Another application of this feature is to change the encryption scheme
      used by PLOD to use some alternate (more secure) encryption mechanism.
      Encryption and decryption in PLOD are done via &encrypt() and
      &decrypt() routines.  Both routines accept the same three arguments:
      a key value, an input file (either encrypted or decrypted depending
      upon which routine is being called), and an output file to place the
      result into.  The routines must return non-zero upon success and zero
      on failure, and should prompt the user for an encryption key if PROMPT
      is set.  As an example, here are the default &encrypt() and &decrypt()
      routines from the PLOD source:

           sub encrypt {
              local($key, $inputfl, $outputfl) = @_;
              local($safekey, $safeinp, $safeout);

              unlink($outputfl);

              if ($PROMPT) {   # Prompt for $KEYVAL if $PROMPT has been set
                 print "File is $file.0;
                 print "Please enter encryption key: ";
                 system 'stty', '-echo';
                 chop($key = <STDIN>);
                 system 'stty', 'echo';
                 print "0;
              }

              ($safekey = $key) =~ s/(W)/\$1/g;
              ($safeinp = $inputfl) =~ s/(W)/\$1/g;
              ($safeout = $outputfl) =~ s/(W)/\$1/g;
              !(system("$CRYPTCMD $safekey < $safeinp >$safeout") >> 8);
           }

           sub decrypt {
              local($key, $inputfl, $outputfl) = @_;
              local($safekey, $safeinp, $safeout);

              unlink($outputfl);

              if ($PROMPT) {   # Prompt for $KEYVAL if $PROMPT has been set
                 print "File is $file.0;



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 PLOD(1)                            PLOD                             PLOD(1)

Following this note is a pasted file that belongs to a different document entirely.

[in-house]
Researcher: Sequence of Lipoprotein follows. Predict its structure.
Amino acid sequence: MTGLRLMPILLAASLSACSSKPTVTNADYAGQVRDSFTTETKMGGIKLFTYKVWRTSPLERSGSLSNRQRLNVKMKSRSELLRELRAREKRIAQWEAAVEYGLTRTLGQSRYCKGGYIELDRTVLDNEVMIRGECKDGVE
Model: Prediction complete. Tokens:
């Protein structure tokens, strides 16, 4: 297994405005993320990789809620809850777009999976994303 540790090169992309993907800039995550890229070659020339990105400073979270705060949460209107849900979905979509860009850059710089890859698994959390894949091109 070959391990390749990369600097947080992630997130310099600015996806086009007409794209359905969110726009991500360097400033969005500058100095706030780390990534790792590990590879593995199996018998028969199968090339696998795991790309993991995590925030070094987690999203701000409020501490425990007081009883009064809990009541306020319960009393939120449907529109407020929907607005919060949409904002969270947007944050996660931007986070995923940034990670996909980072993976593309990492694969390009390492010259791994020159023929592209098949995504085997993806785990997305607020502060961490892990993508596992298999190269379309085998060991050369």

2 February 1993



                 print "Please enter encryption key: ";
                 system 'stty', '-echo';
                 chop($key = <STDIN>);
                 system 'stty', 'echo';
                 print "0;
              }

              ($safekey = $key) =~ s/(W)/\$1/g;
              ($safeinp = $inputfl) =~ s/(W)/\$1/g;
              ($safeout = $outputfl) =~ s/(W)/\$1/g;
              !(system("$CRYPTCMD $safekey < $safeinp >$safeout") >> 8);
           }

      Note that any possible meta characters in the key or in filenames are
      protected from the shell with backslashes before they are passed to
      system().  An &encrypt() or &decrypt() routine defined in the PLODRC
      will supercede the default definitions in the PLOD source.

      It is also possible for the user to create their own tilde escapes.
      First, create a subroutine which performs the desired function.  Then
      assign the type glob which references that function to global array
      %funcs indexed by the character of the escape sequence.  Any arguments
      that the user enters after the tilde escape will be passed into the
      function as a single string in @_.  The list @lines contains the
      current buffer.

      As an example, here is the append to file function (~a) from the PLOD
      source:

           sub appendfl {
              local($file) = @_;
              if (!open(OUTP, ">> $file")) {
                 warn "*** Could not append to file $file\n";
                 return;
              }
              print OUTP @lines;
              close(OUTP);